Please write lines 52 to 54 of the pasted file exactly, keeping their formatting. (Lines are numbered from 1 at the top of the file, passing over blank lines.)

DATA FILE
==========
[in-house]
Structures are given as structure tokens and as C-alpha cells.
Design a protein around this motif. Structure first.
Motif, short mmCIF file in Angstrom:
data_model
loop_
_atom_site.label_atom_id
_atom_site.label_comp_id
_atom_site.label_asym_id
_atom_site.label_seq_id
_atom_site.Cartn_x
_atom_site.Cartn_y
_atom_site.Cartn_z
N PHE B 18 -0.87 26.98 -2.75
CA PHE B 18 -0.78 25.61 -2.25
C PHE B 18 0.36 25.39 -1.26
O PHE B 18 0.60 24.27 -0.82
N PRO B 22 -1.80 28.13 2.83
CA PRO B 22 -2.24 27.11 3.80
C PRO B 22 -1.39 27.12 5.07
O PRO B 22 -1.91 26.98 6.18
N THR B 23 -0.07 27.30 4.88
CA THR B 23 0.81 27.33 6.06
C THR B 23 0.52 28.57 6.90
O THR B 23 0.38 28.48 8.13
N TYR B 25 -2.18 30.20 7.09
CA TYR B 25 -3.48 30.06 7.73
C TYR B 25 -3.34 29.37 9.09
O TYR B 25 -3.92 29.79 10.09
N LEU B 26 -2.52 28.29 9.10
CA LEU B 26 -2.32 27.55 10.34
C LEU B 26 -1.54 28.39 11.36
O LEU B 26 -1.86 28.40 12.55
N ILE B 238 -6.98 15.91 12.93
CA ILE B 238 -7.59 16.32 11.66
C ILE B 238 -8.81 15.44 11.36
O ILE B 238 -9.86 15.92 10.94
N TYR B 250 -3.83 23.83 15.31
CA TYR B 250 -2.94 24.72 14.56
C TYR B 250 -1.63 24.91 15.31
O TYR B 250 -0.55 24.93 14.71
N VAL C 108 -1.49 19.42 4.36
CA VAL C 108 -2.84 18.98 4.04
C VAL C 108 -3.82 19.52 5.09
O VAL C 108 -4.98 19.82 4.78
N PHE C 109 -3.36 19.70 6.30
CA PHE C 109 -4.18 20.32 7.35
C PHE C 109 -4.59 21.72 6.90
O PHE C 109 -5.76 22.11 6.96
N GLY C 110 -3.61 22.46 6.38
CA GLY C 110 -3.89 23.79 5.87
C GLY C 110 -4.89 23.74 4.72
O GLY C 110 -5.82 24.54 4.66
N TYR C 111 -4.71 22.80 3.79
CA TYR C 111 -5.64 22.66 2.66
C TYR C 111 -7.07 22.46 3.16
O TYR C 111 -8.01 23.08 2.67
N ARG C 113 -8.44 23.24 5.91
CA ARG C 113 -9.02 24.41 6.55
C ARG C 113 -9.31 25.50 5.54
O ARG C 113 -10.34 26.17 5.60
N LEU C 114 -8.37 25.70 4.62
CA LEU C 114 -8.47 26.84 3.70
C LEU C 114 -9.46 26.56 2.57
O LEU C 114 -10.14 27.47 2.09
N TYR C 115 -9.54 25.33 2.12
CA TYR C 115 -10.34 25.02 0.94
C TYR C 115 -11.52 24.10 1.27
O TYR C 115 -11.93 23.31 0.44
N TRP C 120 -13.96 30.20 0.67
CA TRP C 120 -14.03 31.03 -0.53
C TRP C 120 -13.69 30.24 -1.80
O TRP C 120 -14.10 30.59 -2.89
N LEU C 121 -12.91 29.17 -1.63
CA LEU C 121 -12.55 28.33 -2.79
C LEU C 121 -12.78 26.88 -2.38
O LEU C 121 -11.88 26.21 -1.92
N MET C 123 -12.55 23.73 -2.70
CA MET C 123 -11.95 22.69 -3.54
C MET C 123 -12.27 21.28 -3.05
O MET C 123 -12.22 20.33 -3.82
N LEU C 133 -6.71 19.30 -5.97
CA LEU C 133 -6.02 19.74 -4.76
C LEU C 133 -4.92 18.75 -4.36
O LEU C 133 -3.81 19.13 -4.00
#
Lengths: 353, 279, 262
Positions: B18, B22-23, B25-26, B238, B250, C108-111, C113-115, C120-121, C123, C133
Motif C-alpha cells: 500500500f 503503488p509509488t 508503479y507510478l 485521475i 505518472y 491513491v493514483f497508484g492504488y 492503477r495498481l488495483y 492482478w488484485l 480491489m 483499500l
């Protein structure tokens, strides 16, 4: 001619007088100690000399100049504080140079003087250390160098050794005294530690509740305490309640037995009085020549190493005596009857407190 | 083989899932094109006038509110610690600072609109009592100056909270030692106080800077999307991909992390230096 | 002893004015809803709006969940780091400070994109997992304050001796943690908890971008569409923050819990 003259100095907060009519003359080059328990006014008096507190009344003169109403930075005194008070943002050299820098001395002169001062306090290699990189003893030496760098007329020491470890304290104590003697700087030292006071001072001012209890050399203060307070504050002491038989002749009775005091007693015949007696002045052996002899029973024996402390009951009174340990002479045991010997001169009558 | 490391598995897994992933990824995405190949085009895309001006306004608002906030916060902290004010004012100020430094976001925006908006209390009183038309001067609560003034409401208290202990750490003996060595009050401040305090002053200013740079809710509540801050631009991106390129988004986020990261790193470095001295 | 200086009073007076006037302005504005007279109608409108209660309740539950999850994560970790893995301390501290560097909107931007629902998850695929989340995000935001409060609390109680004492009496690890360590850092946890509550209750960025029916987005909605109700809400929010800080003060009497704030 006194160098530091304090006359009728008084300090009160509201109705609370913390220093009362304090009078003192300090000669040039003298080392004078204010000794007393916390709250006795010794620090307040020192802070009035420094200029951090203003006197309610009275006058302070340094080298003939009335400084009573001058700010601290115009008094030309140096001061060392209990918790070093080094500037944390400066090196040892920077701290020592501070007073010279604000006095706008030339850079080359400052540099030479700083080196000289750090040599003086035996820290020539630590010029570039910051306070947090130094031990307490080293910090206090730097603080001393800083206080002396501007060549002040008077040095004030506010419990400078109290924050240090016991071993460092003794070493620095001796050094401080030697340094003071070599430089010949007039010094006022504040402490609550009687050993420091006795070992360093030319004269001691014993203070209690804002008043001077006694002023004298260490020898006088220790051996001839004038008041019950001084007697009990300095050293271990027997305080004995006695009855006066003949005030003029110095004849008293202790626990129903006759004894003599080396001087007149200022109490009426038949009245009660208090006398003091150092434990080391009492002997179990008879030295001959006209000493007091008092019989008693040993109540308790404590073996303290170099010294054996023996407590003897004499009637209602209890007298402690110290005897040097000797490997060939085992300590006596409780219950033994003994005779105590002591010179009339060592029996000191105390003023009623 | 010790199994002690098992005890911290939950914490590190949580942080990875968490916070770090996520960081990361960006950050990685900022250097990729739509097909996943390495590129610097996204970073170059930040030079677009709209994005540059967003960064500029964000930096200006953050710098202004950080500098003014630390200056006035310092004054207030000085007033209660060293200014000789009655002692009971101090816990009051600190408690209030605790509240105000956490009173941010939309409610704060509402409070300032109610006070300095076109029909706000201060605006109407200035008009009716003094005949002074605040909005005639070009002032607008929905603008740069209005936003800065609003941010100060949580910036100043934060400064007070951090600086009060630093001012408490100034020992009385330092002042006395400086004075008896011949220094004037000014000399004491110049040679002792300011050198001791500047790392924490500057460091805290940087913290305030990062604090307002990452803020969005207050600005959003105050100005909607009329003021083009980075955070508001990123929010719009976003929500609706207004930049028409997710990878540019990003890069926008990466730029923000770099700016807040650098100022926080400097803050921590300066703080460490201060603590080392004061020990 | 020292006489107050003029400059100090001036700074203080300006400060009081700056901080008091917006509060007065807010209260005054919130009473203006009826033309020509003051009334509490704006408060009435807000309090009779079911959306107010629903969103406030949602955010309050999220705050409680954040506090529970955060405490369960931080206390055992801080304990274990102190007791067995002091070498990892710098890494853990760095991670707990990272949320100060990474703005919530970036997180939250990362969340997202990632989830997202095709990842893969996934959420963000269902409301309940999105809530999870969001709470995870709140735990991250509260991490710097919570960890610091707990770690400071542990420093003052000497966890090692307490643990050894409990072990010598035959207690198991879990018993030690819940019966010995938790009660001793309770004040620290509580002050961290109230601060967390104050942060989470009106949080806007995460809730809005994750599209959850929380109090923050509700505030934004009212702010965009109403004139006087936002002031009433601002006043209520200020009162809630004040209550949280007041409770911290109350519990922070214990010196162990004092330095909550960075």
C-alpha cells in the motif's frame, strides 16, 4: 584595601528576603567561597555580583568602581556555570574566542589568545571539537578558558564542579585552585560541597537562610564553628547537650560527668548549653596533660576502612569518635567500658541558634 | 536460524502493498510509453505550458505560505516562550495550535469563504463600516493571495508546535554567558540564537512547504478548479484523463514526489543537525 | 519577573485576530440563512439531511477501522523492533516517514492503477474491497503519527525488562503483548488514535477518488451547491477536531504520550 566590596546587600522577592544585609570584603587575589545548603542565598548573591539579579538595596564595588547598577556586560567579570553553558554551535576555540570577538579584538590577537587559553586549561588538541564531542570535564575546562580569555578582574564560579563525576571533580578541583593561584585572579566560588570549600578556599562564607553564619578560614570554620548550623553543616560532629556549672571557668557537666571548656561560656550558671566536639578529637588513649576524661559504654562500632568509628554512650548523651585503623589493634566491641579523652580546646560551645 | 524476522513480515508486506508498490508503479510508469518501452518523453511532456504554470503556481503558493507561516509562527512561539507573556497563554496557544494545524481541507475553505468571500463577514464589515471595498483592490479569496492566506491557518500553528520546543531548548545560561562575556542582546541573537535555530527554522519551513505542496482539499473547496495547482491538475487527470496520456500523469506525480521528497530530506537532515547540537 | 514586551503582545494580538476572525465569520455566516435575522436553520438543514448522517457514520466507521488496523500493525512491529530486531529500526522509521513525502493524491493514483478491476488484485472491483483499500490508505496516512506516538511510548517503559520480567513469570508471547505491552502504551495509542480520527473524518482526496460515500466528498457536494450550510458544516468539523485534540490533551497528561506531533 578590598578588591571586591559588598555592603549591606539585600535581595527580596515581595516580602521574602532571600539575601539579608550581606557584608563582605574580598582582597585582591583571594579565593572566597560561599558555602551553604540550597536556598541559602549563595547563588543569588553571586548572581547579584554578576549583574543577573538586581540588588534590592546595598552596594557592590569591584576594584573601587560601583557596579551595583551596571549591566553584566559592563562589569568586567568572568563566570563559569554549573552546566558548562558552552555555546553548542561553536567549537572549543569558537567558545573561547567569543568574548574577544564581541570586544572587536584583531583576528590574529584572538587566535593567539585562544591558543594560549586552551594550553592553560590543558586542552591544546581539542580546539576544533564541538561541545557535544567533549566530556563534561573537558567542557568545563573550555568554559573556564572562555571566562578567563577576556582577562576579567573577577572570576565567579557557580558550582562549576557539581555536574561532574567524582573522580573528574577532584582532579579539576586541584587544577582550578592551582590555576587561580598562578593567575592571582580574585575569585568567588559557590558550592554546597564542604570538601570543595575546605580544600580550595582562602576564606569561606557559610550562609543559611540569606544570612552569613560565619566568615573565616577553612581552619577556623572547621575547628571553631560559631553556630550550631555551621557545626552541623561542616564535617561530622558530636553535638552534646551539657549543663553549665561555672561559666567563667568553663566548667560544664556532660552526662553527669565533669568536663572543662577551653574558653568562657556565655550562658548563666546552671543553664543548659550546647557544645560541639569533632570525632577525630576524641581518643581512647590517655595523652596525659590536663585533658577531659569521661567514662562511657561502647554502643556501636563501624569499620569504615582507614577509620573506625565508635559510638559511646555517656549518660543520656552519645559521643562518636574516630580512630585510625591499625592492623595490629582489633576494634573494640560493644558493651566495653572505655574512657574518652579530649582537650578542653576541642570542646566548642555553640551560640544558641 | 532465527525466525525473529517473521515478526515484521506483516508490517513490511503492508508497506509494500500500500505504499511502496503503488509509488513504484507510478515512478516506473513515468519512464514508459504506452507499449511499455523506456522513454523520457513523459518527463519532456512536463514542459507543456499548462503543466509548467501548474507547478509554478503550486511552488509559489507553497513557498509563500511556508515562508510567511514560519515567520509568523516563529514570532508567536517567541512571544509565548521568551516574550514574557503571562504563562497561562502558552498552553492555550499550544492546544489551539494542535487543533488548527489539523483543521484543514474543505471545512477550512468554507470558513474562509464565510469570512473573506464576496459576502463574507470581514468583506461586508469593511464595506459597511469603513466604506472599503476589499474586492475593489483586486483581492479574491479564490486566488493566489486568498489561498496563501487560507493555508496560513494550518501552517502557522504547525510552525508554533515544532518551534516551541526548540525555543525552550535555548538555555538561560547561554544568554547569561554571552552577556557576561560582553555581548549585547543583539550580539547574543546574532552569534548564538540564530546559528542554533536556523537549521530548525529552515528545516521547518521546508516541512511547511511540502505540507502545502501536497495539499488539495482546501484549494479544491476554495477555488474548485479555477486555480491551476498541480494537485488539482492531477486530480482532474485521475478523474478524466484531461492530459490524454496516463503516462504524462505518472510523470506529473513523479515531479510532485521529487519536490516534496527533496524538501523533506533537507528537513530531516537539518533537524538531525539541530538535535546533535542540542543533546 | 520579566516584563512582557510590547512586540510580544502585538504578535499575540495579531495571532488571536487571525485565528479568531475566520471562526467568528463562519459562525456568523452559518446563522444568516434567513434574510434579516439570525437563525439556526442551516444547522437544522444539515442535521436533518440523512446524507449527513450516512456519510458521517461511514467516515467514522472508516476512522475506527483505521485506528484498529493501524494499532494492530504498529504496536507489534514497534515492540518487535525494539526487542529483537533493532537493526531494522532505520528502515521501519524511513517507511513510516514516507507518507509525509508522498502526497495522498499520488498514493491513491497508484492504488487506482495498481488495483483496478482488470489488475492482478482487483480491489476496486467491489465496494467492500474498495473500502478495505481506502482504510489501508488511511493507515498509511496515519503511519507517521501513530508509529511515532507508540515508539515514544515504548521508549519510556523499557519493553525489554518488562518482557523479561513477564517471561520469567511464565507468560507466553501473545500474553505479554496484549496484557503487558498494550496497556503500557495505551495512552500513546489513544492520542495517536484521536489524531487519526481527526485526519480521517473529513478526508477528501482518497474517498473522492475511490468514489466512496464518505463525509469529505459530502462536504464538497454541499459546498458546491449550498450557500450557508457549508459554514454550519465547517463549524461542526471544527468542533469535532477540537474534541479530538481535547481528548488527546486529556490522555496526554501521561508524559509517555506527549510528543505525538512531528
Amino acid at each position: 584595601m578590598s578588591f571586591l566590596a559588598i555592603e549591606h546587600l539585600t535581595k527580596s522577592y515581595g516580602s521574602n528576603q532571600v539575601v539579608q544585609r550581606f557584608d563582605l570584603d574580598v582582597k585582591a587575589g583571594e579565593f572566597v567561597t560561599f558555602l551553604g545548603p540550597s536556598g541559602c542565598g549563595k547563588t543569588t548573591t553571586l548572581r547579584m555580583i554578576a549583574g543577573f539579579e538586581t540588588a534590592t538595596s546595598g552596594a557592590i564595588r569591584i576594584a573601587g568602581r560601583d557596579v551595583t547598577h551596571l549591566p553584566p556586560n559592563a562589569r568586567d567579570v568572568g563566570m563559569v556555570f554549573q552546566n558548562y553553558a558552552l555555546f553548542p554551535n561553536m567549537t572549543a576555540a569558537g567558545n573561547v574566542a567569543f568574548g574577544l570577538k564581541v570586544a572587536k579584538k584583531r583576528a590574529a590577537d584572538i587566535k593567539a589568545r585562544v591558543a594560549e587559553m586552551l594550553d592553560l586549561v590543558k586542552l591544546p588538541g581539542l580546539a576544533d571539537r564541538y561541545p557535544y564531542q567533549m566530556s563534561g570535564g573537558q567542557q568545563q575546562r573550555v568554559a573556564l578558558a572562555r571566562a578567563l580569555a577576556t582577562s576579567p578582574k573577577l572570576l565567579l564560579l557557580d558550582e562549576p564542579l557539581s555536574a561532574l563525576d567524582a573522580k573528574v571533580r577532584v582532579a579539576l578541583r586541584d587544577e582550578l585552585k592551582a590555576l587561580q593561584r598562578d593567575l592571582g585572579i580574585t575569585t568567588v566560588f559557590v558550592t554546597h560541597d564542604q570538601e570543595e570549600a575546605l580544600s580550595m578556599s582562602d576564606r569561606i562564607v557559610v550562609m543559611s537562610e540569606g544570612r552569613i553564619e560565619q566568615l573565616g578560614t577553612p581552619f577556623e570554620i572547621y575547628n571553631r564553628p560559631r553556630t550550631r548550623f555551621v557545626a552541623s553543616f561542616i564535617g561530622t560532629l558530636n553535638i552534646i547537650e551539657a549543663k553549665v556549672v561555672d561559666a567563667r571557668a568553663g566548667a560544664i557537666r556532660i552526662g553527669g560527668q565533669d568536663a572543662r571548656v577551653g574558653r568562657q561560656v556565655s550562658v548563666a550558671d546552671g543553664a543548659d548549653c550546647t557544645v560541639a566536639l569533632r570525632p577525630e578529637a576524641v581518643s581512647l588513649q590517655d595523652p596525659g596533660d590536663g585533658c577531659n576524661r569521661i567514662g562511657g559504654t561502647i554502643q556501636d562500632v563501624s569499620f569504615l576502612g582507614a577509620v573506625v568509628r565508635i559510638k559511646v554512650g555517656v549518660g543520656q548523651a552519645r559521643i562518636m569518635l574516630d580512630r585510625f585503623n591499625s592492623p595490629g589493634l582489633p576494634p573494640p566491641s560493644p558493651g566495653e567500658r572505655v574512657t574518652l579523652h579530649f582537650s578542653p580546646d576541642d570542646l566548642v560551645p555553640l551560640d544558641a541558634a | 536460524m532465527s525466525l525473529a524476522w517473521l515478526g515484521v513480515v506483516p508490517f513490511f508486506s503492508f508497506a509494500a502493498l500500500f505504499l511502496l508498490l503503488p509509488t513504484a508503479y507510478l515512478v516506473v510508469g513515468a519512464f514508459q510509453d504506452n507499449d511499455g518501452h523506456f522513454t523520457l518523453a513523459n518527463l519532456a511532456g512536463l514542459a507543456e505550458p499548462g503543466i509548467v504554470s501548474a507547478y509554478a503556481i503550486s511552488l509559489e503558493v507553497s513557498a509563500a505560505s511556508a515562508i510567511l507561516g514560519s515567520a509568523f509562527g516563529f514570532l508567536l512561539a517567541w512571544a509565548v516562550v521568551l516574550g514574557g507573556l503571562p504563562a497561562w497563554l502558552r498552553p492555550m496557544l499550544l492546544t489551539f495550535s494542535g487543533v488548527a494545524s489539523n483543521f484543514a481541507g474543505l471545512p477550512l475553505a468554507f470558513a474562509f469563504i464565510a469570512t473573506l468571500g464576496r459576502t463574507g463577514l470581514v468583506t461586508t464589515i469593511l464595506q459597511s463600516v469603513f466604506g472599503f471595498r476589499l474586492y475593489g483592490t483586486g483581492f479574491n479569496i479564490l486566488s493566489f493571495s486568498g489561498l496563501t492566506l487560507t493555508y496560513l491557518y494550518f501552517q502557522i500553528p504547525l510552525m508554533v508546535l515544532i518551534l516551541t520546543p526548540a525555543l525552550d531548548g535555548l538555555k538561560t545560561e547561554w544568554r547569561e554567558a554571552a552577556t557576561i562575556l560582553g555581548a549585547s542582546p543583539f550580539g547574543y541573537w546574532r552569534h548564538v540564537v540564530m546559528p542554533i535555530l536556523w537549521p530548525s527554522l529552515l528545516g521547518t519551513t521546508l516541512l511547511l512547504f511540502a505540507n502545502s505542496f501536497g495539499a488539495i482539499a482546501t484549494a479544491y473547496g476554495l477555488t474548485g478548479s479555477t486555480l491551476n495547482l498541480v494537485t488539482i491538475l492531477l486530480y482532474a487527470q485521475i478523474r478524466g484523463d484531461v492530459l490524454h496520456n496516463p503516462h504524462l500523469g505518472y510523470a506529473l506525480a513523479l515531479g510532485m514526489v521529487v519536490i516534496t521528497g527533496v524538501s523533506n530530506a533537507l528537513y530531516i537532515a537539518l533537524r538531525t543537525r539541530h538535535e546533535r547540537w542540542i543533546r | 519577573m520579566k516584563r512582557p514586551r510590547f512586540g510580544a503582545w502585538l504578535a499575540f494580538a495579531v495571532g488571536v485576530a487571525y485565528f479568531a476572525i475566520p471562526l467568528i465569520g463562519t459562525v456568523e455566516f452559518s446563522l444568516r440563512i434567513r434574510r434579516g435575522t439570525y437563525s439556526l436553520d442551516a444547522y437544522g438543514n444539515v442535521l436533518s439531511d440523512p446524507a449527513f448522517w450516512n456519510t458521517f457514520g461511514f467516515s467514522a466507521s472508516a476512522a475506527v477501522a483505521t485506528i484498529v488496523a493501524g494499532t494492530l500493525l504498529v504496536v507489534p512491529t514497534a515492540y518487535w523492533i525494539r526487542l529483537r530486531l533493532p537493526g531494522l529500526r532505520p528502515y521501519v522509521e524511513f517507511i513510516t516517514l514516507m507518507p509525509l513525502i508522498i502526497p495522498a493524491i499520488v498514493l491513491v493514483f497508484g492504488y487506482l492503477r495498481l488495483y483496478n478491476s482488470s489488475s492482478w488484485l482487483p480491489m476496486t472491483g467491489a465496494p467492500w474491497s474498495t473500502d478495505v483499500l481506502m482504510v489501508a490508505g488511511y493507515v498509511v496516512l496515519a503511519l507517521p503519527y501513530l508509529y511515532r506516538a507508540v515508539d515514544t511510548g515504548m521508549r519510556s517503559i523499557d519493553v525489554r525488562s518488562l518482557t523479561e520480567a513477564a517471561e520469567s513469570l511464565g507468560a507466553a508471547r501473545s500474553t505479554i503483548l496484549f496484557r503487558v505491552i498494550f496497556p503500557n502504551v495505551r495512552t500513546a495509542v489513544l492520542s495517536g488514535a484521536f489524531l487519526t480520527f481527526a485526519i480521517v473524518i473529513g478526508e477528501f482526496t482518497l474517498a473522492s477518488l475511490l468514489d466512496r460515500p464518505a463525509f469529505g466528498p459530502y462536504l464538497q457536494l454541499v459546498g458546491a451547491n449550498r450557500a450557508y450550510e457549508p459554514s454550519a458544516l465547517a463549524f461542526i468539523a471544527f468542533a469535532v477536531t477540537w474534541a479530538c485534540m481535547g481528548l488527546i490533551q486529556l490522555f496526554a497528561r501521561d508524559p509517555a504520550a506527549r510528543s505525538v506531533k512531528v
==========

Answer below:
C GLY C 110 -4.89 23.74 4.72
O GLY C 110 -5.82 24.54 4.66
N TYR C 111 -4.71 22.80 3.79